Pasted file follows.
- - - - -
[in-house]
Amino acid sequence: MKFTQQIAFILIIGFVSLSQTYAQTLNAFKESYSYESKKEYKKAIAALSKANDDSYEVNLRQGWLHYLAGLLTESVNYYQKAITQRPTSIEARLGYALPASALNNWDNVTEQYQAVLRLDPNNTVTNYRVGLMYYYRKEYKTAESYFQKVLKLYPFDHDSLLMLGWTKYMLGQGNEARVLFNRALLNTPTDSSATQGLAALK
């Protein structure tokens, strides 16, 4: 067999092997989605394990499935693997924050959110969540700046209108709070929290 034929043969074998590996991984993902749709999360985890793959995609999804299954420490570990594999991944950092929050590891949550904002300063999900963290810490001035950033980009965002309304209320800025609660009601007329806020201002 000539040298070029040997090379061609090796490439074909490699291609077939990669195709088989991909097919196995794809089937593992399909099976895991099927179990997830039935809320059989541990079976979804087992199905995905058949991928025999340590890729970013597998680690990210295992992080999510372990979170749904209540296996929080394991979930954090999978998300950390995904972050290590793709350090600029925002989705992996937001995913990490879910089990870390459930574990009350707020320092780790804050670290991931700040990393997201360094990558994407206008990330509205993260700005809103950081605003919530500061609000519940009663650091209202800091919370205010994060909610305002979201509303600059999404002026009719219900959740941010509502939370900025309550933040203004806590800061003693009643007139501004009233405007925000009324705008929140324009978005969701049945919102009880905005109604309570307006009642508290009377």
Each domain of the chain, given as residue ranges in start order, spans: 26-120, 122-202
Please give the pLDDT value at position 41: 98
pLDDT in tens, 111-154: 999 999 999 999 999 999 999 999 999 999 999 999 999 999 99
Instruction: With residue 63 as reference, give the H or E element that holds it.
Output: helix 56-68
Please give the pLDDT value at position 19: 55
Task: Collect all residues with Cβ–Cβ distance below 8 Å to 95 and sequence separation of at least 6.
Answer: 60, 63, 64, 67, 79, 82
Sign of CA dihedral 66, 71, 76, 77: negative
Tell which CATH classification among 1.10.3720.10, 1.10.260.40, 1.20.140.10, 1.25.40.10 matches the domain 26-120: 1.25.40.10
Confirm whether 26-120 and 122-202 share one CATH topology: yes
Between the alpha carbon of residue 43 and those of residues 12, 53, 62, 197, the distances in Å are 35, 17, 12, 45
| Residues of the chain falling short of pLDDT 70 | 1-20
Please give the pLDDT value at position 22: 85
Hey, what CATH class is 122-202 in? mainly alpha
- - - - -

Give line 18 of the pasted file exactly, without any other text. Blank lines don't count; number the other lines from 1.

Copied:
Hey, what CATH class is 122-202 in? mainly alpha